For her fifth war patrol, commencing 23 May, Hake was assigned the area southwest of Mindanao. Her duty was to attack shipping and to act as a picket to alert American forces to the approach of the Japanese fleet, which was expected to sortie from Tawi Tawi to the Mariana Islands. Sighting destroyer Kazagumo 8 June, the sub closed for the attack and succeeded in sinking her adversary, but fierce attacks prevented her from sinking any of the accompanying destroyers. Hake also succeeded in sinking two transports during this patrol. Cargo ship Kinshu Maru was sunk 17 June after four hits, and a heavily laden troop transport was sunk 3 days later at the entrance to Davao Gulf. She returned to Fremantle 11 July 1944. During this patrol, Hake was the witness to the loss of USS Harder (SS-257).
Hake returned to her patrol area off the Philippines, departing 5 August. During this, her sixth war patrol, she attacked another destroyer, damaging it, but made few additional contacts because of extremely heavy air and surface patrolling by Japanese forces. She arrived at Fremantle Harbor 24 September 1944.
Seventh, eighth, and ninth war patrols, October 1944 – August 1945
Departing 20 October for her seventh war patrol, Hake encountered few contacts in her patrol area. Operating with Hardhead and the ill-fated Growler, which was lost on the patrol, Hake spent a harrowing 16 hours 7 – 8 November, counting nearly 150 depth charges and sustaining considerable damage.
On 19 November Hake torpedoed Japanese light cruiser Isuzu west of Corregidor, damaging her rudder.
Hake was subsequently sent on a special mission off Panay Island, where she rendezvoused with Filipino guerrillas to bring on board 29 U.S. aviators shot down in recent air attacks. Her valuable cargo safe, Hake returned to Australia, arriving Fremantle 16 December.
Hake departed Fremantle for her eighth war patrol 12 January 1945. After searching the South China Sea (now almost denuded of targets) for almost a month, she headed for San Francisco, arriving 13 March. After overhaul she departed San Francisco some 2 months later and began her ninth war patrol in the Pacific 20 July 1945. Hake acted as lifeguard ship for the air strikes against Japan, and after the surrender had the distinction of being 1 of 12 submarines to witness the historic ceremonies on board the battleship Missouri in Tokyo Bay.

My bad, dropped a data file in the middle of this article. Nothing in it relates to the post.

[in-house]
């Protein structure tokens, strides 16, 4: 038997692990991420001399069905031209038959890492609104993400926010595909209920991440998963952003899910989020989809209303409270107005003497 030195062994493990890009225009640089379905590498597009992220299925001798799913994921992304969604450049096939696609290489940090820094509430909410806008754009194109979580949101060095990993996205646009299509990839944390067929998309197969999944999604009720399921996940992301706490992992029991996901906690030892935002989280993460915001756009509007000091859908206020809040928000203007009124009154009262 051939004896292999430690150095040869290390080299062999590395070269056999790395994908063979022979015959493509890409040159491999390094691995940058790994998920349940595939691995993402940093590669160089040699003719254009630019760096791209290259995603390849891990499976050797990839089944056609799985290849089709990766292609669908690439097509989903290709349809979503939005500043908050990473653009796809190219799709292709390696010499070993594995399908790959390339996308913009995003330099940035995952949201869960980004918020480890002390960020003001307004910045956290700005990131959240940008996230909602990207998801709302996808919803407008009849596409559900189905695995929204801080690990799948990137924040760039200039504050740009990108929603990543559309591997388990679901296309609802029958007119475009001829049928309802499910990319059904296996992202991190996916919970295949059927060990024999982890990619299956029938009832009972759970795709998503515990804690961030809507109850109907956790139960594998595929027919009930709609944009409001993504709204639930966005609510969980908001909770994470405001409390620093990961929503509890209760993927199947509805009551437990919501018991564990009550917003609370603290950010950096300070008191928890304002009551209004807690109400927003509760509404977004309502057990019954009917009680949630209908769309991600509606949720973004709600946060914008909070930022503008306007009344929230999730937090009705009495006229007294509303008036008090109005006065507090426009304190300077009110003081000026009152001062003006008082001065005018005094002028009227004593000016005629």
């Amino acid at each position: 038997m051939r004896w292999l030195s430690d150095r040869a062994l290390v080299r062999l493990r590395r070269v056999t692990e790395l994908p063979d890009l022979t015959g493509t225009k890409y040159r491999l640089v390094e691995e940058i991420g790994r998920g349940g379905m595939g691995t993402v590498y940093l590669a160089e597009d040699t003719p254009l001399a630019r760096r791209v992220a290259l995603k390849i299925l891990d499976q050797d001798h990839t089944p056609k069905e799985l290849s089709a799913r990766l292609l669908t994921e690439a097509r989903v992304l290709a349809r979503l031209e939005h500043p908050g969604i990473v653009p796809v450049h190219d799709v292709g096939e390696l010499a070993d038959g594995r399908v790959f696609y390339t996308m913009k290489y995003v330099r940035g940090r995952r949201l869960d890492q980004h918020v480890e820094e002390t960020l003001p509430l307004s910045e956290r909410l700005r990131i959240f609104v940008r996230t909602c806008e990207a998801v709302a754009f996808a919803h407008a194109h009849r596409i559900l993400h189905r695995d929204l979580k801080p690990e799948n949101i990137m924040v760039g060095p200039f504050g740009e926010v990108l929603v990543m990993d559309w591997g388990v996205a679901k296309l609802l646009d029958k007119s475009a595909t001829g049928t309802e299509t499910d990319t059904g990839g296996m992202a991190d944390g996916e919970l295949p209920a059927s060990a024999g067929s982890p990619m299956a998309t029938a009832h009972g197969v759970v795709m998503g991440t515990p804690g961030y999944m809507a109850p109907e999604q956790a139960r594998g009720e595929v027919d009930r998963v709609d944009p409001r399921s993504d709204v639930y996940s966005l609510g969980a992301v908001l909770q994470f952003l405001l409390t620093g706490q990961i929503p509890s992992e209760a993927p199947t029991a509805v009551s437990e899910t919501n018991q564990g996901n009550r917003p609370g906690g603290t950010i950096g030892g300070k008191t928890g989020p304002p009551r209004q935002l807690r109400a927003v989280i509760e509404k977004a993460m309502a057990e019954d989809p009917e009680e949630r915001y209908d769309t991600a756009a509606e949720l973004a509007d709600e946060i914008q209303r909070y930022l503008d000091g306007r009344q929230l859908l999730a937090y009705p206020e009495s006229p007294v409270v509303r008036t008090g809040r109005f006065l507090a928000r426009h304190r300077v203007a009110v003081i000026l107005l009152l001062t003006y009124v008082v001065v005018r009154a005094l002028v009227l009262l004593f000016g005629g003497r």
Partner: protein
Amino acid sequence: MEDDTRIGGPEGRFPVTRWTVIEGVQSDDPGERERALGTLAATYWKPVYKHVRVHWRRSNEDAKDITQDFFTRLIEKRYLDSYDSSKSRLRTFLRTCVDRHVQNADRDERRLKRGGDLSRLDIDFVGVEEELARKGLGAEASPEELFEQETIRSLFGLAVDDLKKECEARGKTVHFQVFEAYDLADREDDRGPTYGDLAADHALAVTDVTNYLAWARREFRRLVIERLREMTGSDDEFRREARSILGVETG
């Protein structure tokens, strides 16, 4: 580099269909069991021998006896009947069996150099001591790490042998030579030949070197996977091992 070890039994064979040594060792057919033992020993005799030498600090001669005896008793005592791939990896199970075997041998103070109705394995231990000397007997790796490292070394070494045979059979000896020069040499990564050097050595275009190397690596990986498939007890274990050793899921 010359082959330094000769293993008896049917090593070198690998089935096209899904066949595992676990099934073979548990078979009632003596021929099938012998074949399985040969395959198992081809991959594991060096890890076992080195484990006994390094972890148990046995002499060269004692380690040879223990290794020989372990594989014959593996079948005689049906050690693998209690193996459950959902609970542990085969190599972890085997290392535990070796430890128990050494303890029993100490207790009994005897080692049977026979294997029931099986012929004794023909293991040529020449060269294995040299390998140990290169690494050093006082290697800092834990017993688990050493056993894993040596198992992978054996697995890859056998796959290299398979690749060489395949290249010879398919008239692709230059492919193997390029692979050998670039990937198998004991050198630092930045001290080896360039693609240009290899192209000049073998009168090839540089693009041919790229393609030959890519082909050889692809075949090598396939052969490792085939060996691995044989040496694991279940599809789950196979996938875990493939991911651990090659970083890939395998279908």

Following the signing, Hake started on the long trek back to New London, via the Panama Canal. She decommissioned at New London 13 July 1946, entered the reserve fleet, and was taken out of reserve 15 October 1956 to serve as a Reserve Training Ship for 4th Naval District at Philadelphia, Pa. Her classification was changed to AGSS-256, auxiliary submarine, 6 November 1962. She continued to serve out of commission as a training ship for reservists at Philadelphia until she was struck from the Navy List 1 March 1967 to be sold.
- Friedman, Norman (1995). U.S. Submarines Through 1945: An Illustrated Design History. Annapolis, Maryland: United States Naval Institute. pp. 285–304. ISBN 1-55750-263-3.
- Bauer, K. Jack; Roberts, Stephen S. (1991). Register of Ships of the U.S. Navy, 1775-1990: Major Combatants. Westport, Connecticut: Greenwood Press. pp. 271–273. ISBN 0-313-26202-0.
- U.S. Submarines Through 1945 pp. 305-311
- Cressman, Robert (2000). "Chapter VI: 1944". The official chronology of the U.S. Navy in World War II. Annapolis, Maryland: Naval Institute Press. ISBN 978-1-55750-149-3. OCLC 41977179. Retrieved 2007-11-19.
- Wright, C. C. (2005). "Question 17/03: Replacement of US Submarine Diesel Engines". Warship International. XLII (4): 431–434. ISSN 0043-0374.